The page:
Every job in the non-profit sector is different - making the non-profit world a bit difficult to navigate at times. We're here to help guide you through the non-profit world, one job at a time. So, what does a museum professional do?
Ruth Brennan - Assistant Director of Individual Giving, MOCA Cleveland
Working in development is an interesting job within the museum field. It’s rewarding in that it is a position allows you to interact with the many different departments within a museum. However, it can be challenging at times, constantly having to explain what you do. (If you’re in development, you’ve experienced or will experience someone who does not know what development is). It’s a joy of mine to share with people who do not know what development is, the work that I do, as well as the many different jobs that go into making a museum thrive.
Broadly, it’s my job as a development professional to meet with donors and tie their passion to my organization’s mission. Conversely, it’s also my job to meet with the various departments within my organization and understand their needs. This relationship or dynamic is one of the reasons why development work is so exciting. It’s a role that forces you to learn about your institution in an intimate way and then allows you to go out into the world and share those stories with people who want to support it.
I’ve recently transitioned into the Assistant Director of Individual Giving position at the Museum of Contemporary Art (MOCA) Cleveland. I started working at MOCA in the fall of 2012 when our new building was just opening to the public. For the first time in the organization’s history, we had a permanent home. I began working as a Development Assistant, helping out the department with various tasks. During this time, I learned a lot about the inner workings of a museum, the benefits and challenges of direct mail fundraising, and most importantly, how to avoid paper cuts.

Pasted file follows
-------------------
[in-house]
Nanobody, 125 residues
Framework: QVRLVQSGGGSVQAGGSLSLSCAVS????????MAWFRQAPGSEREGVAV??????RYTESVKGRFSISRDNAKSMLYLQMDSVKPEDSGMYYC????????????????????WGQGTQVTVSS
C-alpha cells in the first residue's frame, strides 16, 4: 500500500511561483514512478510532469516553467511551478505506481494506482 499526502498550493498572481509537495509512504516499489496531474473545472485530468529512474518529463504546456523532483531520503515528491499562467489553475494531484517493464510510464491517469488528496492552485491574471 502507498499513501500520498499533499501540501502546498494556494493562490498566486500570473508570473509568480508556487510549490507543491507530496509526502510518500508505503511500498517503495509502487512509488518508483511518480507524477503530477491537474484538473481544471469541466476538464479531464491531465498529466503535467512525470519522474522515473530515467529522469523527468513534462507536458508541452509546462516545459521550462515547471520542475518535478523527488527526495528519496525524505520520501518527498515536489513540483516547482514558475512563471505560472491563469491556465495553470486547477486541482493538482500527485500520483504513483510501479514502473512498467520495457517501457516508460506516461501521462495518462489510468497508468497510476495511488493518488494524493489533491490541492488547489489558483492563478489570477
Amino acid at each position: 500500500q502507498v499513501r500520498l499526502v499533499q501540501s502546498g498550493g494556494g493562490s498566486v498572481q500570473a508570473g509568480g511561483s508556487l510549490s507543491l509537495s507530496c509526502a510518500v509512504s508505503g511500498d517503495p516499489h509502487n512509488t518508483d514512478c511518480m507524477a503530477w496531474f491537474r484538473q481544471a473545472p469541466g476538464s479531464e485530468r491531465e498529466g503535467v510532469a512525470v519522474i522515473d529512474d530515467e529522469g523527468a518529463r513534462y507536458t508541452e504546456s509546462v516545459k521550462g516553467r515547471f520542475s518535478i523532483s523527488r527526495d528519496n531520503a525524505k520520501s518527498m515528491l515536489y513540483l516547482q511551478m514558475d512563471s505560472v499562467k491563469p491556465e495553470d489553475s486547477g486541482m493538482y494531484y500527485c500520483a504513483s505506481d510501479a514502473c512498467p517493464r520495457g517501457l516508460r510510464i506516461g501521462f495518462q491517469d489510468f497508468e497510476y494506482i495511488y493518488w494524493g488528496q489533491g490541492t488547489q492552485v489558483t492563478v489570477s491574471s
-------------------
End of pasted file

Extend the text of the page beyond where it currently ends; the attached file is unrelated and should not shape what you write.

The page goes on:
I transitioned into the Membership Manager position, overseeing the museum’s member program, as well as the database. This work taught me a lot about best practices in data management, how membership is the welcome mat to any institution, and how it’s important to have patience with the person pulling reports and queries for your institution (it’s tough work!)
In my role as Assistant Director of Individual Giving at MOCA, I oversee a portfolio of individual donors who give annually to the museum. I meet, call, and email these donors on a regular basis. I also develop programming for this member group. These programs have ranged from offsite member tours to artist studio visits, as well as private curator tours. This position has given me the opportunity to get to know our donors on a personal level. I love learning why a particular donor gives to our institution, or what excites another about what we’re doing.
I recently spoke with a group of students who were about to graduate from undergrad (none of whom knew what development was). One of the things I impressed upon them was the fact that fundraising isn’t just the job of the development department. It takes an entire museum to make something great, to create stories and meaningful work, and then tie that work to people who believe in it and want to see it grow. I tell my colleagues all the time, “we’re all fundraisers.” Development definitely has its ups and downs, but knowing your work helps support the institution you work with, makes it all worth it.
Ruth Brennan is the Ex-Officio on the YNPN Cleveland Board.